Well over 80% of birds that are rescued recover and can be released back to the wild. Timely treatment is important to survival rates and rescue teams ensure that birds can be treated by Flint Creek’s trained staff at Northerly Island where they will have their best chance of survival.
In addition to rescue and recovery volunteers, Flint Creek is also recruiting for the following positions:
· Building Rescue Coordinator – coordinate rescue efforts at your residential or office building
· Transporters – transport birds from Flint Creek’s Northerly Island facility to their Barrington facility where they receive extended care
You only need to devote a few hours one morning a week to save the lives of birds in the city.
Training will be provided. Interested volunteers should complete the volunteer application on Flint Creek’s website at www.flintcreekwildlife.org/volunteer.htm or phone (847)602-0628 for more information or the Grant Park Conservancy at: 312-829-8015 with further general questions.
If you have found an animal, please do not e-mail; rather, call at: 847-602-0628. We may not answer the phone since we are often busy taking care of other animals, but please leave a message and we will return your call as soon as possible.
These are the recommendations of the Lights Out program, developed by the Mayor's Wildlife and Nature Committee after seeking a lot of input from research scientists: Tall buildings can save birds by extinguishing decorative lighting on the upper stories after 11 PM each evening from March 17 to June 7 and from August 25 to October 25. Birds migrate throughout these months; April 15 through May 31 and August 25 through September 30 are the weeks in which turning the lights out saves the most birds. Tenants on the upper floors are encouraged to turn out lights or draw blinds after 11 PM. We suggest that these recommendations apply to all buildings of 40 or more stories, and to buildings of 20 or more stories that are isolated from other buildings. To learn about the Dark Skies/Dark Nights program of the Center for Neighborhood Technology and its allied Sustainability Circles Project see stargazing or contact Clare Butterfield.
These walks start at Darrow Bridge and go to and around the Wooded Island and Osaka Garden and usually around southern lagoon edge through Bob-o-link Meadow to the point of origin. Tours resume March 26 and are on Wednesdays at 7 am and Saturdays at 8 am. Interested participants meet at the Darrow Bridge, just south of the Museum of Science and Industry. Bring binoculars and field guide. Dress for the weather. Call Doug Anderson at (773) 493-7058 for details and schedule. (Regular walks are suspended from New Years until late March.) Parking in the Music Court lot as above.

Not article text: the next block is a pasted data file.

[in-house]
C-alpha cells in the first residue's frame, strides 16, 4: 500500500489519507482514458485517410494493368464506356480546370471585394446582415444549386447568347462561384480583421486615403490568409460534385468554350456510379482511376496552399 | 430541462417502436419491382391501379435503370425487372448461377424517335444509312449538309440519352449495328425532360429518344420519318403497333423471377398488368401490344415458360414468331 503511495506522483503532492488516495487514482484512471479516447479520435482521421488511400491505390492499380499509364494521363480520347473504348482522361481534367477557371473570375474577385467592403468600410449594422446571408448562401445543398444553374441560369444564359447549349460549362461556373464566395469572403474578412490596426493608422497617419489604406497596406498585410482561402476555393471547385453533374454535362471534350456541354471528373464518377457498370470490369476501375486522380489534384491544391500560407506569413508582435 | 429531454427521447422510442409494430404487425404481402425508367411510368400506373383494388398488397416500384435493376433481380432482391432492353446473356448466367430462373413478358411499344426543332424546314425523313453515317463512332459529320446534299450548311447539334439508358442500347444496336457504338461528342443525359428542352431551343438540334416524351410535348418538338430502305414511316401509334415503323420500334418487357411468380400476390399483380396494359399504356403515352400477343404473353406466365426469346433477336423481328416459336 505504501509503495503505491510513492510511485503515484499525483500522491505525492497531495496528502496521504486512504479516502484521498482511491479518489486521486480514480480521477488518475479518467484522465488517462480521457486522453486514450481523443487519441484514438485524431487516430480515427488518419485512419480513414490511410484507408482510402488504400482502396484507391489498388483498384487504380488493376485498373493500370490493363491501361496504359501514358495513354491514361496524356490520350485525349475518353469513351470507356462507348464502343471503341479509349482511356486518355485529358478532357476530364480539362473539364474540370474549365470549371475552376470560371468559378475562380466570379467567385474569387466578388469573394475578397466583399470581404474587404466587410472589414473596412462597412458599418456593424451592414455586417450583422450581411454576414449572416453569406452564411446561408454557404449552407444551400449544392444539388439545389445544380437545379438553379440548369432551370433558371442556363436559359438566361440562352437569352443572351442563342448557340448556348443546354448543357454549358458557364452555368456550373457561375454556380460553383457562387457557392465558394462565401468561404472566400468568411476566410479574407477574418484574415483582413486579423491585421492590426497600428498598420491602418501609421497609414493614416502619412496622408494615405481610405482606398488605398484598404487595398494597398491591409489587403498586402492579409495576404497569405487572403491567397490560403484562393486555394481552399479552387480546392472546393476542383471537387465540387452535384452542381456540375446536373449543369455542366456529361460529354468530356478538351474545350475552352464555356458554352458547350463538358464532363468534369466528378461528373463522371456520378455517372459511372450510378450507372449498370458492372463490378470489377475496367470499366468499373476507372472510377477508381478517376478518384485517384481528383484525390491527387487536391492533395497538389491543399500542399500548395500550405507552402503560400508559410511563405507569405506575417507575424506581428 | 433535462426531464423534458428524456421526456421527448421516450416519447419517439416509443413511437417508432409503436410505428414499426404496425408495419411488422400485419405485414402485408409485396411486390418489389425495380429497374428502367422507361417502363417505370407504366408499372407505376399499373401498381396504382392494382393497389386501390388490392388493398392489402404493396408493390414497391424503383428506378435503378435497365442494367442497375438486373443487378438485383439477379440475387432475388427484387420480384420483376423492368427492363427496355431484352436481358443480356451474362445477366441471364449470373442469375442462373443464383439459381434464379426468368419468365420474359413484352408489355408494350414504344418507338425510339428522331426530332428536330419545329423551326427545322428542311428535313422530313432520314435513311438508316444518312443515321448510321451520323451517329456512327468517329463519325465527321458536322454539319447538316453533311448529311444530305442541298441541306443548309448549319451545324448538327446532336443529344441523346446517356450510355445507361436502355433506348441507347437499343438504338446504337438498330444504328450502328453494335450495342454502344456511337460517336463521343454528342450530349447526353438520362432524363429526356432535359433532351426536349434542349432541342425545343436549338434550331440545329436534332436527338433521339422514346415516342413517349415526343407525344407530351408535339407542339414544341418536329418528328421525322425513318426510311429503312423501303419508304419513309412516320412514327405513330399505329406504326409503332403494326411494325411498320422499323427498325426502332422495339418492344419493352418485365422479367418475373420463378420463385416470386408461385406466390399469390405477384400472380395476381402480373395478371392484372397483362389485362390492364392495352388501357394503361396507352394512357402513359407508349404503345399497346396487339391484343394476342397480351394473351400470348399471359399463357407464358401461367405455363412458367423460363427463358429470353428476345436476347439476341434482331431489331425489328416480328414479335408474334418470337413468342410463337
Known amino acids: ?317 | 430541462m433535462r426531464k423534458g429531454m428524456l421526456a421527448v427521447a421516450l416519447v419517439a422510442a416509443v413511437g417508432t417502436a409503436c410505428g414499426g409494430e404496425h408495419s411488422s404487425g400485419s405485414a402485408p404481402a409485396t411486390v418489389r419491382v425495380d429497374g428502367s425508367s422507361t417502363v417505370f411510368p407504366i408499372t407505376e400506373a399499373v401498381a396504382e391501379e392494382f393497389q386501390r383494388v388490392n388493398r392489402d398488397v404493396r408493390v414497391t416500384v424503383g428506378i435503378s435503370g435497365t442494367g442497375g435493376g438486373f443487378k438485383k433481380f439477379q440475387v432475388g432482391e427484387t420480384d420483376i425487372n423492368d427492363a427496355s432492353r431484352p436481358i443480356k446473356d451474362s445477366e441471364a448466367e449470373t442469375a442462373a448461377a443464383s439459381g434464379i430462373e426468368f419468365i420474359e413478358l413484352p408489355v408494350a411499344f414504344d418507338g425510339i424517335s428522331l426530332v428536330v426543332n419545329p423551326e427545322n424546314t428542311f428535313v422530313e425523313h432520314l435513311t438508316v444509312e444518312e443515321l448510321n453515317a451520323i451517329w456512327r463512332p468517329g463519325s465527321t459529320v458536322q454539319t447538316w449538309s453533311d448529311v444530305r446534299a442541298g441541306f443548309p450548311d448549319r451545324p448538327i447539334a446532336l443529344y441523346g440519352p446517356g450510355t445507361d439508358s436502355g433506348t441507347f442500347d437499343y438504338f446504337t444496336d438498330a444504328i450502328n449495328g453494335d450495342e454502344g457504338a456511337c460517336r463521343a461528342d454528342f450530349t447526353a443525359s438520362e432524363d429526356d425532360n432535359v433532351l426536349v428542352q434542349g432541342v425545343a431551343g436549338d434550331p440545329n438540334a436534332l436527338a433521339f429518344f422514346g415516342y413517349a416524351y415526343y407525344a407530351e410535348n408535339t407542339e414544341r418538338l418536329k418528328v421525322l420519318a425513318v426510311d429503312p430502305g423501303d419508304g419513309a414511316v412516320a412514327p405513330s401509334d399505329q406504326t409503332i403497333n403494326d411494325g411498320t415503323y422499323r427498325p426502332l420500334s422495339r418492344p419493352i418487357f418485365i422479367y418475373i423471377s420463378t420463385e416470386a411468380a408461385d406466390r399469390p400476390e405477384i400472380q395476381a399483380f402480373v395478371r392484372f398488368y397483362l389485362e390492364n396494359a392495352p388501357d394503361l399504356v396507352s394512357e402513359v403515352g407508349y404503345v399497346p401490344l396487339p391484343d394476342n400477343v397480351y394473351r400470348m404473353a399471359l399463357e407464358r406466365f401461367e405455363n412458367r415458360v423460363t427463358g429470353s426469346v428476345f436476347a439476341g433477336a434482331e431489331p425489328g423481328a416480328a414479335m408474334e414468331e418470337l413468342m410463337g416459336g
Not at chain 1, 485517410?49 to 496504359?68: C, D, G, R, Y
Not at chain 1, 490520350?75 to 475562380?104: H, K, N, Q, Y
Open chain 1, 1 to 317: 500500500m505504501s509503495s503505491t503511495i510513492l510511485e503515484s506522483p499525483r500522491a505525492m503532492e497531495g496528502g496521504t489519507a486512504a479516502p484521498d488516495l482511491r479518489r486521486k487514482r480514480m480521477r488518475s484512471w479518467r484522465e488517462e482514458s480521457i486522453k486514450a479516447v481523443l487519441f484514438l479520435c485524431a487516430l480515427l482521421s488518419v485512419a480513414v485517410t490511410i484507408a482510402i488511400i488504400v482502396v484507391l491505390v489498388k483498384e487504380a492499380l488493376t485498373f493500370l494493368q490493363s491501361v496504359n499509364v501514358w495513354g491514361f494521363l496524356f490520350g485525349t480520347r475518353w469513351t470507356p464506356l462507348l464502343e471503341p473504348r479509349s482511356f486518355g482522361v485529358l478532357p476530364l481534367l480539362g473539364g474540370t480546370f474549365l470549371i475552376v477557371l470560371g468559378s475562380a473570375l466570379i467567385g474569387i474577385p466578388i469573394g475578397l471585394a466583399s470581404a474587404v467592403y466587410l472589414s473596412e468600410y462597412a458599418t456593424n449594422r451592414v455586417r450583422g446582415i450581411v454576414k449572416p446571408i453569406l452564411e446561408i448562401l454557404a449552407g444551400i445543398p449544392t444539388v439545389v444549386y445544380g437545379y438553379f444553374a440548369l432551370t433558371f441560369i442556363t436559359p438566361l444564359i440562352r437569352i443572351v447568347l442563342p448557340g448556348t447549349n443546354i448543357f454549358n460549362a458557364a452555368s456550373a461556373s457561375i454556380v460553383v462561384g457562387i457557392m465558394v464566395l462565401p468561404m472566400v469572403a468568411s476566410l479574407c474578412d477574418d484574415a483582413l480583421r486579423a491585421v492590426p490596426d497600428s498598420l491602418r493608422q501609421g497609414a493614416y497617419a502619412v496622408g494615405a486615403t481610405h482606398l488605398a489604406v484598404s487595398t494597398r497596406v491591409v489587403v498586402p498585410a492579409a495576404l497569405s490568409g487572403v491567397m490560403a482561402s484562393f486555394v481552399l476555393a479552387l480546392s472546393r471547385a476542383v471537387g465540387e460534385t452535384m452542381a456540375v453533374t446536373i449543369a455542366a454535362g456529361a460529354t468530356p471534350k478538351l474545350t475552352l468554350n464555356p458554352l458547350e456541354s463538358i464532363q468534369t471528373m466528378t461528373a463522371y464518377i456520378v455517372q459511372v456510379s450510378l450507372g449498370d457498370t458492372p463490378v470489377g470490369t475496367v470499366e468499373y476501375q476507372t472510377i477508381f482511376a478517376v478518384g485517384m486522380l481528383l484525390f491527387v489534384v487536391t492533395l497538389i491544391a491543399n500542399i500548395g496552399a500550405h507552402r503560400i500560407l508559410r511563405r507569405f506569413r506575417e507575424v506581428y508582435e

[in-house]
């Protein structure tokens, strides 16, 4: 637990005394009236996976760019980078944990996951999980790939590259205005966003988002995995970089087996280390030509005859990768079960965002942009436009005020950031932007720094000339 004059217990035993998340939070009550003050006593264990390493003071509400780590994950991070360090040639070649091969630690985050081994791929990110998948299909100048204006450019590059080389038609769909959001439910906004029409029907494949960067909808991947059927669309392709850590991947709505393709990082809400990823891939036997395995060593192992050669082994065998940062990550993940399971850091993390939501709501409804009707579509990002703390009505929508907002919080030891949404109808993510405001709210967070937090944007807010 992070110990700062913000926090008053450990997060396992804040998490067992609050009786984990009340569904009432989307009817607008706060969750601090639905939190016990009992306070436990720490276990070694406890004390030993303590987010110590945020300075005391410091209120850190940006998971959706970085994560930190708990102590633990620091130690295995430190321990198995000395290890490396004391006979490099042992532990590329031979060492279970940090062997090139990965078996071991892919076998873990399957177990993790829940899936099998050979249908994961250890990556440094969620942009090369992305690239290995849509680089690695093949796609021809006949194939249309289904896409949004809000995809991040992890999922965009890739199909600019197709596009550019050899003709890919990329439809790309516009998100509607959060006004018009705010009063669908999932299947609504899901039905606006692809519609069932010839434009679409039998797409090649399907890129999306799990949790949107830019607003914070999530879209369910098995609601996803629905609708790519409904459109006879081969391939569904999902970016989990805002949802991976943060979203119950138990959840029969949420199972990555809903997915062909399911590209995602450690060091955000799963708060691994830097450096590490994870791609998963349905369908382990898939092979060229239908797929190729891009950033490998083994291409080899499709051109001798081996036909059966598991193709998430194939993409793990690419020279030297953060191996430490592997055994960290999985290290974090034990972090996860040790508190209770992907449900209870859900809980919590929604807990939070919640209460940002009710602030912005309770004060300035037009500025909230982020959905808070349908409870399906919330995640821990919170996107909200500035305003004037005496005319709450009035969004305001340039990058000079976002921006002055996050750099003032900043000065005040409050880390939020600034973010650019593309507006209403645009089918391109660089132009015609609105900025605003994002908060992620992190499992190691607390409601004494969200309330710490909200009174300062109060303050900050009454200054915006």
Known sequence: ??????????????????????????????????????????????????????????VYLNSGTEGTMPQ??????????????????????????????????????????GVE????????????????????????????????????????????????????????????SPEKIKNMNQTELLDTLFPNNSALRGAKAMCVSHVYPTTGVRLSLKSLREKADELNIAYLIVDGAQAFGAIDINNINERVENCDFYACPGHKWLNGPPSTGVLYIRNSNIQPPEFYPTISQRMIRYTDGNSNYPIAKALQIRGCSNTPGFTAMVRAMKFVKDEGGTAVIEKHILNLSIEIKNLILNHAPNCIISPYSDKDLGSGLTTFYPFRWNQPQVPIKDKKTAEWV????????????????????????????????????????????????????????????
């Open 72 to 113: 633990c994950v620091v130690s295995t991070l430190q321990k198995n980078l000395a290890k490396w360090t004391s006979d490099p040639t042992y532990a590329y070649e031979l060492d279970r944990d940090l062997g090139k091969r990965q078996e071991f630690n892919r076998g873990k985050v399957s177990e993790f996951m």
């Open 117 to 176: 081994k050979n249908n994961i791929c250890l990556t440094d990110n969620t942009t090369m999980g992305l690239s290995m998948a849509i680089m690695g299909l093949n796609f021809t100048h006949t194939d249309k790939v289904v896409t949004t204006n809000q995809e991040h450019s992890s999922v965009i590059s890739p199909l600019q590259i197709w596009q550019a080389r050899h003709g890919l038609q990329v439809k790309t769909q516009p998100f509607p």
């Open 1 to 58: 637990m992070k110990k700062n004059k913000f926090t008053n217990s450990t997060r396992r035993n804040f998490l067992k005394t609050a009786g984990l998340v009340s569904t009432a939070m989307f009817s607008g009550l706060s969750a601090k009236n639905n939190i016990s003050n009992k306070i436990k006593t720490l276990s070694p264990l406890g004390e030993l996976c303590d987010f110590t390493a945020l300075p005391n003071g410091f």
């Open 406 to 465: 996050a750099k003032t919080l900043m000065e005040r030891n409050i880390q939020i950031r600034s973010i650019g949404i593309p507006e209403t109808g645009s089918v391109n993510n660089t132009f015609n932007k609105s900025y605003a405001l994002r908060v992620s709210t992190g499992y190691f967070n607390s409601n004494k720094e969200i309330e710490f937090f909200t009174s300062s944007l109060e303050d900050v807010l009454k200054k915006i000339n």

Every Christmas at 8 am Hyde Park and others from far afield participate in the local part of the Annual Bird Census--an early warning of emerging troubles for the planet. One major local staging area is the Darrow Bridge in Jackson Park, south of Museum of Science and Industry and Columbia Basin. One of the tasks is a census of the green monk parakeets. In 206, Wooded Island numbers were similar to those in recent years.
Lakefront Birding Trail signage
Four signs will be placed in the park calling attention to the birding trail on Chicago’s north and south lakefront, developed in pursuit of the Urban Conservation Treaty for Migratory Birds signed by Mayor Daley in 2000. Guidelines for conserving this precious resource were developed by a committee composed of many Chicago naturalists, organizations, and residents, including JPAC members.
We are now at the height of the spring migration. What a wonderful time to take Doug Anderson’s Bird Walk, Wednesdays at 7, Saturdays at 8 am. By early to mid-May up to 100,000 birds will be passing over the area every night between dusk and about 3 am, 8 million in all. Some will nest in Wooded Island or elsewhere in the Chicago region; most are bound for Canada. Up to a fifth are lost to building collisions. Fortunately, many high rises have been recruited to turn off or reduce their lights during the migration. There are also volunteer groups that collect birds that are merely stunned and nurse them back to health.
Here is the text of the signs (logo: pair of binoculars). (The Jarvis Sanctuary is at Addison St.) (The Wooded Island is officially the Paul H. Douglas Nature Sanctuary.